The Constitution therefore provides a mechanism for bringing to an end the term of office of a GPRC member (aside from voluntary resignation or the ending of their membership for whatever reason), and makes no mention of votes to remove a GPRC member by local or regional parties. A local or regional party’s Constitution could not override the national Constitution on this point. Therefore, no meeting of the London Green Party could vote to remove an elected GPRC representative from their position.

SOC Note: an individual member of SOC wished to make explicit their view that section 6 of the London Fed Constitution, quoted partially above, in fact implies that: the only distinction between GPRC representatives and other officers is the length of their term of office, nothing else; and GPRC representatives are to be regarded as among the ‘officers’ mentioned in section 6(f) who may be removed by a two-thirds majority vote, though they also note this may be an error on the part of those who originally wrote section 6. Their view being given here is not to be treated as setting a precedent.

Part 3 Section 3 of these Standing Orders specify that an ordinary meeting must be publicised with at least 21 days’ notice of the intended meeting. Whether SOC finds that ‘notice’ was given at the end of the previous meeting on 21 November (7 days) or in an email sent on 15 November warning that business might overrun (13 days), there is therefore insufficient notice to have such a meeting under the Standing Orders. It is therefore apparent to SOC that the proposed ordinary meeting of 28 November 2022 cannot take place on this date, and moreover could not vote to rule an Out of Order motion back into order.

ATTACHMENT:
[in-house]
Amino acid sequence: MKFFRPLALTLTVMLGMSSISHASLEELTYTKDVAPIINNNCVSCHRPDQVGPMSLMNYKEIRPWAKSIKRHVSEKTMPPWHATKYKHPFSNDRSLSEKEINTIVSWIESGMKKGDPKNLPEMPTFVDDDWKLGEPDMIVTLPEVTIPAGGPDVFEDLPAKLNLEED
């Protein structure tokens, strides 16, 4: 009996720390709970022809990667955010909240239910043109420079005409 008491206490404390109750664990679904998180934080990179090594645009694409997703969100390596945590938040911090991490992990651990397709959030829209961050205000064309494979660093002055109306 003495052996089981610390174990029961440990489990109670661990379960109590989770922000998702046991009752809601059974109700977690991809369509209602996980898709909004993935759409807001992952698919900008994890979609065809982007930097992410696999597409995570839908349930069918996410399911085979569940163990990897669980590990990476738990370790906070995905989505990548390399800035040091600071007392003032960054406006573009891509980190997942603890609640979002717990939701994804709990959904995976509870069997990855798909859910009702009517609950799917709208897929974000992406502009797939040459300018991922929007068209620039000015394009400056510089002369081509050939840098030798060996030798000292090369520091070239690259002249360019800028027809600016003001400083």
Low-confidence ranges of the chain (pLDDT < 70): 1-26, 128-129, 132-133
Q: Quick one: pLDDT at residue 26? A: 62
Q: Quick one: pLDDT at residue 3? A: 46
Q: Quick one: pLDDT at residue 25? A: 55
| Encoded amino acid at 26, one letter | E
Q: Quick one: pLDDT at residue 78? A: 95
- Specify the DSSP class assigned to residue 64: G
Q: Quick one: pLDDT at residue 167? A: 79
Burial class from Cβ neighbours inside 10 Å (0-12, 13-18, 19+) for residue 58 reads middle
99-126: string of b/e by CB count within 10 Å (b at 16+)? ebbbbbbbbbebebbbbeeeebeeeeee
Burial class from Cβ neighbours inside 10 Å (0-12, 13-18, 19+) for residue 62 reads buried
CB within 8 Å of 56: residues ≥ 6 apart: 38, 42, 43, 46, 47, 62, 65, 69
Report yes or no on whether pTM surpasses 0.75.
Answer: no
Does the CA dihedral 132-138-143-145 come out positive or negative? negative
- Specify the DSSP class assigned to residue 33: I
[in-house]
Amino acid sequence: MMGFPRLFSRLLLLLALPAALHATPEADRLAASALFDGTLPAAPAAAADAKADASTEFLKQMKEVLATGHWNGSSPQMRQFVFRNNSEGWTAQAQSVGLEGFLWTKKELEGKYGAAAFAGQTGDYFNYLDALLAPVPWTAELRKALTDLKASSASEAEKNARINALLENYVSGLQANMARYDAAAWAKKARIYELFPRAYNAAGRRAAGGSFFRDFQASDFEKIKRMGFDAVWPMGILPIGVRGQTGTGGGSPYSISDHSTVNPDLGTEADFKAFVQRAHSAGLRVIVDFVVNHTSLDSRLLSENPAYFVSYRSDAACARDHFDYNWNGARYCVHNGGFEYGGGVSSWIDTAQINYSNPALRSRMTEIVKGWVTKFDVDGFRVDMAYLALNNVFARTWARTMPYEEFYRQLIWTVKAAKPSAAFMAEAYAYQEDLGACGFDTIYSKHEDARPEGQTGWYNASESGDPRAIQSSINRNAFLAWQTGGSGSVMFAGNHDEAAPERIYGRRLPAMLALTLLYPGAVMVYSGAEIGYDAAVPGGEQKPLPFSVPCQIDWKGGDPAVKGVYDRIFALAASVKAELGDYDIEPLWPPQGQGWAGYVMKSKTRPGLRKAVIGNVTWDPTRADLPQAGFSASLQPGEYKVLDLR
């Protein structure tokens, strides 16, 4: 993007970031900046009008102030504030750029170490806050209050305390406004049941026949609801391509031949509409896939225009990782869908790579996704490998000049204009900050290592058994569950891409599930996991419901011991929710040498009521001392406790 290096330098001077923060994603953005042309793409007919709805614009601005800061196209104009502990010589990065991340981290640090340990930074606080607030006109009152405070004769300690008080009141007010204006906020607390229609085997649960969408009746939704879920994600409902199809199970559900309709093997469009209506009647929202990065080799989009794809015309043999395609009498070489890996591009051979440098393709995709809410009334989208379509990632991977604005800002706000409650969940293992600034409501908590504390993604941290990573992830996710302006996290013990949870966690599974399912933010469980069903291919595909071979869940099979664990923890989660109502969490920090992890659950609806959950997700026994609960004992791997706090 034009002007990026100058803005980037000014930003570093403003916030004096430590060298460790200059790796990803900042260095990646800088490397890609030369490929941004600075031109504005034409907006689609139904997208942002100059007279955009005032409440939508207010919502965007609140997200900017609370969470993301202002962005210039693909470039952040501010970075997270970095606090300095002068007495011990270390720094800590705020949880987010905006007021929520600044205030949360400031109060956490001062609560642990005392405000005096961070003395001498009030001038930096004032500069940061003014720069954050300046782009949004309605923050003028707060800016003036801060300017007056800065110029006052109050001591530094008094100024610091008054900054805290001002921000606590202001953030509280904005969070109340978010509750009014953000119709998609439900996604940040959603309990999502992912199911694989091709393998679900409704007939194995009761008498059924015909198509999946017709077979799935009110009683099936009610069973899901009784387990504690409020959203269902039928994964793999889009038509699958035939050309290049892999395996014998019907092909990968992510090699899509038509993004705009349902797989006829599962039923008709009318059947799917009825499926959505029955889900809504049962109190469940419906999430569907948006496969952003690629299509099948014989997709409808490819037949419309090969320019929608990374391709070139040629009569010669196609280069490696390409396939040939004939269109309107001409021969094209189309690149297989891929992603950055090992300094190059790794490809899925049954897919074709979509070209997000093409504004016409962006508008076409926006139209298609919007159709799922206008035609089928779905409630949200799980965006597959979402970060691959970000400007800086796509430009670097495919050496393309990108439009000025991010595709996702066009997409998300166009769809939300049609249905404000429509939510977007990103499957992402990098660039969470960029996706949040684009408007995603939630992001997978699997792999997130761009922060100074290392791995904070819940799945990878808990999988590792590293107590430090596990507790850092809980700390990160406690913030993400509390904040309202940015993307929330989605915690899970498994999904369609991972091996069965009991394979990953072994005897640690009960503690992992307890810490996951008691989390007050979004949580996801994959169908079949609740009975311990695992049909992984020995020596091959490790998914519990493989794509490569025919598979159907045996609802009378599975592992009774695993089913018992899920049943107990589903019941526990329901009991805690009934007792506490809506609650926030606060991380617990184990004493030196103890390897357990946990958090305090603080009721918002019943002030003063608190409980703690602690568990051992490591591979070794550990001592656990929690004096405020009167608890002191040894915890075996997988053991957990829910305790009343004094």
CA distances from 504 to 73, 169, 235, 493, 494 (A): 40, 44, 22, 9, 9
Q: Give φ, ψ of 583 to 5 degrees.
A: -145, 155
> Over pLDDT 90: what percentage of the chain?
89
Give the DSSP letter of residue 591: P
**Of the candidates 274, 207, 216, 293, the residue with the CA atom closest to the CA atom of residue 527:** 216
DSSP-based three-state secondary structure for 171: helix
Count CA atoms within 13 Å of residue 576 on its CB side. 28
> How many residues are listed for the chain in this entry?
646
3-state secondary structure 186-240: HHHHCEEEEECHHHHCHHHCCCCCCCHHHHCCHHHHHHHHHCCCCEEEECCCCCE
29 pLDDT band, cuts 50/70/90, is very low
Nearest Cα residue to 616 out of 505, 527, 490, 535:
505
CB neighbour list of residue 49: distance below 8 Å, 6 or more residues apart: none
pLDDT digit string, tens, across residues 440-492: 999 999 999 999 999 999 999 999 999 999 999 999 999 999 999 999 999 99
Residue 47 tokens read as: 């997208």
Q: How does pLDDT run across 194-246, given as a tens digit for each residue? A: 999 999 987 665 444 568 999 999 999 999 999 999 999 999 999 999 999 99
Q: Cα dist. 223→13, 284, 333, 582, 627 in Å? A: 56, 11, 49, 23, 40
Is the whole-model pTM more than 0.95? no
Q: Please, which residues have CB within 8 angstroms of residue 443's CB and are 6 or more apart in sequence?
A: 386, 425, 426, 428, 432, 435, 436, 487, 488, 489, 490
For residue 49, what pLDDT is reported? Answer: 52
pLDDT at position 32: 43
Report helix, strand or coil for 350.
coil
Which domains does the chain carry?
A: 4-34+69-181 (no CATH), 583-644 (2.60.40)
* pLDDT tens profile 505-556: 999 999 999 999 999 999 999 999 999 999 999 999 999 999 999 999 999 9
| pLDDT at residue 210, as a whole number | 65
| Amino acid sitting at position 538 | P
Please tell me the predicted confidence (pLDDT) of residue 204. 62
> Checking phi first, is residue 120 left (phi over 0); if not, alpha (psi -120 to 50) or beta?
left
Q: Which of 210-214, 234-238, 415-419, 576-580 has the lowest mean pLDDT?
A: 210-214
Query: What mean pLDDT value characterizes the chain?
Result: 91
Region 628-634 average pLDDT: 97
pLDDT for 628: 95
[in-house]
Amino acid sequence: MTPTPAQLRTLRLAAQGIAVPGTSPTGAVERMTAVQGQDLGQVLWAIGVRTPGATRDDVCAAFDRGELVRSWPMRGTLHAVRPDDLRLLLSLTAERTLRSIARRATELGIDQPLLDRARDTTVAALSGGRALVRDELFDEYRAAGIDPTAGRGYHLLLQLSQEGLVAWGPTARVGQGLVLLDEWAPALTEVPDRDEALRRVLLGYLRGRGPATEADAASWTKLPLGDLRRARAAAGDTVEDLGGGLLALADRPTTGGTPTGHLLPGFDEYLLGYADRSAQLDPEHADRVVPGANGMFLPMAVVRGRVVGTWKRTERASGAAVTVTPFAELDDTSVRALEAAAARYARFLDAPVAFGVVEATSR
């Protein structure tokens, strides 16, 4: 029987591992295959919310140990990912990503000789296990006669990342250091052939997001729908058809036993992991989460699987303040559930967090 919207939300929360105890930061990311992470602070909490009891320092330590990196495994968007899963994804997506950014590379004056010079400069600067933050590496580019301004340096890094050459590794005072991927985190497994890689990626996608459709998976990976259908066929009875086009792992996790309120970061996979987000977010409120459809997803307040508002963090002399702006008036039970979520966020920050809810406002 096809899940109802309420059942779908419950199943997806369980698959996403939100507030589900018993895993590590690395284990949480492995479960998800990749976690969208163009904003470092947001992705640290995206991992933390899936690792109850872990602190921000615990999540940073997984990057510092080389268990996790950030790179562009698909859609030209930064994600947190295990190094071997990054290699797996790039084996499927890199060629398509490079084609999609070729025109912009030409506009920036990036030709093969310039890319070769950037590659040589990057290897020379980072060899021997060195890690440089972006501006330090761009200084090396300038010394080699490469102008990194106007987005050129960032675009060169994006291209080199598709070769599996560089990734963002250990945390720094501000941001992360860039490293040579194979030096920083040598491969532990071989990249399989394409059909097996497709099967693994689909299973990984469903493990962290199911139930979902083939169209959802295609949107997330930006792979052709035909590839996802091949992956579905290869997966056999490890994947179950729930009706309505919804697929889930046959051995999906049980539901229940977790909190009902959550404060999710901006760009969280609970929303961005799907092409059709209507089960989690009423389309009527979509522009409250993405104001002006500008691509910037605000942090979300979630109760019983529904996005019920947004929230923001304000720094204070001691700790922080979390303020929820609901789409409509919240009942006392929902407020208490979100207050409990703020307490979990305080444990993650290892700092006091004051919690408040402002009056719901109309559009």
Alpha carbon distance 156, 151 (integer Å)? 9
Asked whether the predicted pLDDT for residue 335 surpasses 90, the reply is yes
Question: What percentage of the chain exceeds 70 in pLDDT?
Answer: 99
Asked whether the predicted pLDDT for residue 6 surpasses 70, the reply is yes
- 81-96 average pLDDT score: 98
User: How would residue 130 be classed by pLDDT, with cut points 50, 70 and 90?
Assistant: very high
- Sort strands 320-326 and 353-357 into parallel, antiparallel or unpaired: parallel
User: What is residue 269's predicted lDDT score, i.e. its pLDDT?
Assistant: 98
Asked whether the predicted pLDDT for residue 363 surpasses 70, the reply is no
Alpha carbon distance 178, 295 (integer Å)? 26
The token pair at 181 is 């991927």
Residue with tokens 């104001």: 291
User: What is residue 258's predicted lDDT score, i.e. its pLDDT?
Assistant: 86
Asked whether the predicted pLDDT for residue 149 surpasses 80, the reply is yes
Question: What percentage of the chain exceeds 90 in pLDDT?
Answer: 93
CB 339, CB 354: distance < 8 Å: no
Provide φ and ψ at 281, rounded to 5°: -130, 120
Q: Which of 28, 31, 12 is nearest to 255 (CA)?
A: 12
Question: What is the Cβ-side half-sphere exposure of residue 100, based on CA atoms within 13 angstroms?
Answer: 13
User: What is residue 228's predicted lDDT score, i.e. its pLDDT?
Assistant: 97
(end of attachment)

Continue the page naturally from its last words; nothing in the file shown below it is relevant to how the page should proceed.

Ruling on Disability Elections

On 13.11.2022, Cade Hatton Wrote:

“With regards to Liberation Groups, do Allies/Associate members have a right to stand in and vote for internal positions, such as the committee elections?” SOC Rules that: Taking “Liberation groups” to collectively refer to Greens for Animal Protection, Greens of Colour, the Green Party Disability Group, Jewish Greens, Green Left, LGBTIQA+ Greens, Green Seniors, Green Party Women, and Young Greens - the right to stand as a committee member and vote in committee elections depends on what is written in each individual group’s constitution. Where a constitution doesn’t make a distinction between “members” and “allies/associate members”, or fails to otherwise set a clear standard for who may or may not stand/vote, it should be assumed that any member may stand for vote. Having ascertained through follow-up contact that the question was being asked with regards to the Disability Group - SOC notes that the constitution of the Disability group sets out at section 3.1 that only those who self-identify as disabled may stand for positions and vote. The rationale being that: There is no clause in the constitution that sets out a requirement that members working groups (which those taken to be meant by “liberation groups” above all are) are required to allow anybody to stand for positions and vote, without any further eligibility requirements - only that membership must be open to all, and officers must be annually elected, as per part 3 of the bye-laws referred to in section 5(xii) of the Constitution: “Conditional upon the membership of the group being open to all Green Party members only, and on the officers of the group being annually elected, the group may be recognised by the Policy Development Committee, Campaigns Committee or the Equalities and Diversity Committee as a Members Working Group” Therefore, provided working groups permit all party members to participate as members, and hold their committee elections annually, they are free to set their own standards for committee/voter eligiblity, through their own constitutions. Ruling re Membership of Other Green Parties

On the 2nd November 2022 Ani Stafford-Townsend asked whether

  1. Members of the Scottish Greens (SGP) count as members;
  2. Are members of the GPEW commenting on a member of another Green Party subject to the requirements of the Code of Conduct and to any disciplinary process under it. SOC rules that
  3. Scottish Greens do not count as members.